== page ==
Barroso accuses EU of discrimination over ethics probe: FT

Tue Sep 13, 2016 1:29pm EDT
Email This Article |
Share This Article
  • Facebook
  • LinkedIn
  • Twitter
| Print This Article | Single Page
[-] Text [+]

By Alastair Macdonald

STRASBOURG (Reuters) - Former European Commission President Jose Manuel Barroso has accused his successor Jean-Claude Juncker of "discriminatory" behavior for opening an ethics probe into his taking a job with U.S. bank Goldman Sachs.

In a letter to Juncker reported by the Financial Times on Tuesday, the former Portuguese prime minister who stepped down as the EU's chief executive two years ago, said the inquiry launched after a public outcry at his appointment was "inconsistent" with treatment of other former commissioners.

Goldman appointed Barroso as non-executive chairman of its international arm in London two weeks after Britons voted for Brexit in June and he said he would advise it on issues arising from the negotiations for Britain to leave the European Union.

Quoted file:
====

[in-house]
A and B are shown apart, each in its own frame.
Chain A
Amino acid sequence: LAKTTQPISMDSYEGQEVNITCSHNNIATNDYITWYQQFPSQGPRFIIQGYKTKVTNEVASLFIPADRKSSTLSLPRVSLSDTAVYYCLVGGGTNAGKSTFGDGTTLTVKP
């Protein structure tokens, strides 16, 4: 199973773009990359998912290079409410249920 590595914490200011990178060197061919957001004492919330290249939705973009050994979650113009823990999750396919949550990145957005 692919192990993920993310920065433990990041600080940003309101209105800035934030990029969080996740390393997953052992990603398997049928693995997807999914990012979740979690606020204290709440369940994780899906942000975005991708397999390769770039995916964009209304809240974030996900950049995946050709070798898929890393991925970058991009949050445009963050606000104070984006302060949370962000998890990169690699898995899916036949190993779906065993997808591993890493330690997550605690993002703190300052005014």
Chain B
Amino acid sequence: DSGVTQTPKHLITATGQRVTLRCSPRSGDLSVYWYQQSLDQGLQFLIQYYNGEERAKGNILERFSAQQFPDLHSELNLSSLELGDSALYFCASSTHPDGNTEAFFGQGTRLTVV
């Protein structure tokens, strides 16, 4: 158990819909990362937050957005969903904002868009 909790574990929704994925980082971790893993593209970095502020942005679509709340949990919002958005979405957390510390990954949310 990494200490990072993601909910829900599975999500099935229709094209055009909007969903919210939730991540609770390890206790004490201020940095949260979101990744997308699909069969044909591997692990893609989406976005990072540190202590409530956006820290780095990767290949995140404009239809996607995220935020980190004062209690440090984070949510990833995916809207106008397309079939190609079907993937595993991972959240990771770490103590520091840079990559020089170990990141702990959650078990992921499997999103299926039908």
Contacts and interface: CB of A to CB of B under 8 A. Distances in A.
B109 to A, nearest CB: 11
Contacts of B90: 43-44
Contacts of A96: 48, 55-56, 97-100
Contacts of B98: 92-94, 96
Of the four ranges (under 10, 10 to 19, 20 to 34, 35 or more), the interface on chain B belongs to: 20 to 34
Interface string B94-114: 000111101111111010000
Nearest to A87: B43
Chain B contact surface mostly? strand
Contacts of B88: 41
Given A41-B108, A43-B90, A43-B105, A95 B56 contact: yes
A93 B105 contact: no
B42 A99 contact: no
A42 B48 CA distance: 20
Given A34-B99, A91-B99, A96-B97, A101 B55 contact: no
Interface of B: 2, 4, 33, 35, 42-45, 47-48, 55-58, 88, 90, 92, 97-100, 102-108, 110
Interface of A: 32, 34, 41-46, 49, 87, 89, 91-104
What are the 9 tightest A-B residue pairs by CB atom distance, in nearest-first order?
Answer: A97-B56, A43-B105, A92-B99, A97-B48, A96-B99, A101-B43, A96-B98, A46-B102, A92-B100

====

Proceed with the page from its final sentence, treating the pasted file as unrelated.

Juncker initially made clear his disapproval but said the Commission had no power to intervene. But after the EU Ombudsman insisted last week that there should be an inquiry, Juncker asked the Commission's ethics panel to look into whether Barroso breached a requirement to act with integrity.

According to excerpts of the letter published by the paper, Barroso wrote: "It has been claimed that the mere fact of working with Goldman Sachs raises questions of integrity.

"Whilst I respect that everyone is entitled to their own opinion, the rules are clear and they must be respected. These claims are baseless and wholly unmerited. They are discriminatory against me and against Goldman Sachs.

He said he was concerned that the issue had been prejudged and added: "Not only are these actions discriminatory but they appear to be inconsistent with decisions taken in respect of other former members of the Commission."

Barroso could not immediately be reached for comment.   Continued...

European Commission President Jean-Claude Juncker speaks during a press conference ahead of G20 Summit in Hangzhou, Zhejiang province, China, September 4, 2016. China Daily/via REUTERS